When applied to standardized exams, it’s not difficult to see why the province wants students to write them at earlier grade levels so as to better use them to inform instructional practice.

What doesn’t logically follow is the idea that summative assessment becomes less important. You need both formative and summative assessment.

Thus, a balanced approach to the standardized exam issue would be to have students write standardized exams in both grades 10 and 12.

We don’t have to look far to see how this could look. In the Chignecto-Central regional school board, students currently write standardized tests in Grade 10 along with the provincially mandated Grade 12 exams.

Obviously this isn’t a problem, since their students have the highest academic average in the province.

Lest anyone claim standardized testing is an economic hardship, it should be noted that the entire budget of Evaluation Services is approximately $3 million while the provincial education budget is $1.1 billion.

This works out to less than 0.3 per cent of the total education budget. Thus, adding or subtracting one standardized exam has virtually no impact on the bottom line.

The Nova Scotia government should do the right thing and keep standardized exams in Grade 12 while still adding them at Grade 10.

More information about student achievement is always a good thing. In this case, we can have our cake and eat it too.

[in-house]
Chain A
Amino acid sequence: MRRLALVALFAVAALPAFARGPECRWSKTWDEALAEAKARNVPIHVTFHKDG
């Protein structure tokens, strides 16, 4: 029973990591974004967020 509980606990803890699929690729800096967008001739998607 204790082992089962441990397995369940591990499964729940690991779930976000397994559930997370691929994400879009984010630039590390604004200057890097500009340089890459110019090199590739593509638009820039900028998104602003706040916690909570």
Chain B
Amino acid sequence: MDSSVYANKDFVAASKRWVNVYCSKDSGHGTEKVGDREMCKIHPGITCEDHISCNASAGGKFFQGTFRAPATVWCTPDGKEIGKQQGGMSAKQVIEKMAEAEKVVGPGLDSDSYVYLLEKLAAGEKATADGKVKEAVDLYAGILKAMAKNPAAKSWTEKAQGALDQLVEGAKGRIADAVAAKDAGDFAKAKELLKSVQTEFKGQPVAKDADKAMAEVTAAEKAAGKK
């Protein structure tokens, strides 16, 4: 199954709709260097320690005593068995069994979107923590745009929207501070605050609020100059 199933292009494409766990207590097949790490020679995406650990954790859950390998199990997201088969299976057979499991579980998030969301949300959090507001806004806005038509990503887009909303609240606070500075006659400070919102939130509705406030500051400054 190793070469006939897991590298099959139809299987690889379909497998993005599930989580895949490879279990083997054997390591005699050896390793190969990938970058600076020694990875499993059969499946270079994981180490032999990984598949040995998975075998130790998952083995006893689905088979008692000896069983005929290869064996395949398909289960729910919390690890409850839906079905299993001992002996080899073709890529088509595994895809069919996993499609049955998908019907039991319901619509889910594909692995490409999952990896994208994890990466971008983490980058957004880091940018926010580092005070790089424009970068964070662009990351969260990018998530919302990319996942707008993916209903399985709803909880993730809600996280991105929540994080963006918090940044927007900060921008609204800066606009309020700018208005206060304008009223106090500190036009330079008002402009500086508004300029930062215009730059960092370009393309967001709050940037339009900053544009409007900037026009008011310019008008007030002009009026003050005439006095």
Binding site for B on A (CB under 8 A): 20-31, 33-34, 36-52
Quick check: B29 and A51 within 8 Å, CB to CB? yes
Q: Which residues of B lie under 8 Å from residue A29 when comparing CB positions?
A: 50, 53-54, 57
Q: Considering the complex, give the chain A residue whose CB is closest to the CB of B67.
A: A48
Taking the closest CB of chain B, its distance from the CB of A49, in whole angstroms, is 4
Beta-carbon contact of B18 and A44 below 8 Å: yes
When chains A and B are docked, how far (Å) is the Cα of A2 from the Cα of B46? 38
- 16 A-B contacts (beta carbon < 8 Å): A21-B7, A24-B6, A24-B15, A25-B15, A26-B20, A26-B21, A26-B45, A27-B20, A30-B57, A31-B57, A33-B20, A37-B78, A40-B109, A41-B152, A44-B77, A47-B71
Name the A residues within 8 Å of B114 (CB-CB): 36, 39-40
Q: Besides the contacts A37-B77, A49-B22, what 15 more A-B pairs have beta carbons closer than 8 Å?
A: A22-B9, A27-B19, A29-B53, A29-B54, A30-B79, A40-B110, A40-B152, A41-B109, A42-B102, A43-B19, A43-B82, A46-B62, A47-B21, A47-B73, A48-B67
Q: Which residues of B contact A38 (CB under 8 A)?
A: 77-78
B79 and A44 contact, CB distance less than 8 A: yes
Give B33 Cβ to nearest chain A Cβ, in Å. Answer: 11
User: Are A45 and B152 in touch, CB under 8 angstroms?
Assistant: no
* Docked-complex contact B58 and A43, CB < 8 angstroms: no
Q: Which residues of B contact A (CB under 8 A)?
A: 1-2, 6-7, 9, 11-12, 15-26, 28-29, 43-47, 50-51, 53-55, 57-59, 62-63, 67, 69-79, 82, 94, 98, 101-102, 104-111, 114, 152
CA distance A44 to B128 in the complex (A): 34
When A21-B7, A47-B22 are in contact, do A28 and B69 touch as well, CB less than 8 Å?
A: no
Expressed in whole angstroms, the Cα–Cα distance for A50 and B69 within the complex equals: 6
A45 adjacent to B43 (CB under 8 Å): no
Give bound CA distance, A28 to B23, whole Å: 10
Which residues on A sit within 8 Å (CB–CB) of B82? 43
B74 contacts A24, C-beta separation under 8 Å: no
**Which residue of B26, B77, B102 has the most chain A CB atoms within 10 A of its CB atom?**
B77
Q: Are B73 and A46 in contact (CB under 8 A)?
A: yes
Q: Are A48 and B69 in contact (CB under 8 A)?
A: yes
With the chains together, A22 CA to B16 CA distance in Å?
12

Sometimes students deserve to get a zero

Originally published by the Calgary Herald, June 10, 2012 Original Link

How much should a pilot get paid if she never flies a plane? How about a doctor who never treats a patient? Or a car salesman who fails to sell a single car?

If you answered zero, you live in the real world.

Employees don’t get paid for doing nothing. It’s common sense.

However, many schools seem to have a different perspective. For example, many school administrators have introduced a grading-for-learning approach, part of which prohibits teachers from giving a mark of zero to students with incomplete assignments. Instead of a zero, teachers must assess students only on the work they actually submit.

In other words, students who don’t hand in many assignments can still pass their courses if they do well on the few assignments they do submit.

Lynden Dorval teaches high school physics at Edmonton’s Ross Sheppard High School. With 35 years of experience, he recently refused to comply with the absurd grading policy that prohibited teachers from assigning zeros for incomplete work. He went on giving zeros despite several warnings from his principal. Eventually, he was suspended and could very well lose his job.

From a legalistic perspective, the school board has every right to discipline Dorval. According to Alberta’s School Act, school boards may suspend teachers who fail to follow a lawful directive from the board. While the assessment policy in question may be misguided, teachers are required to follow lawful directives from their employer.

Schools could not function if teachers disregarded any policy they disagreed with.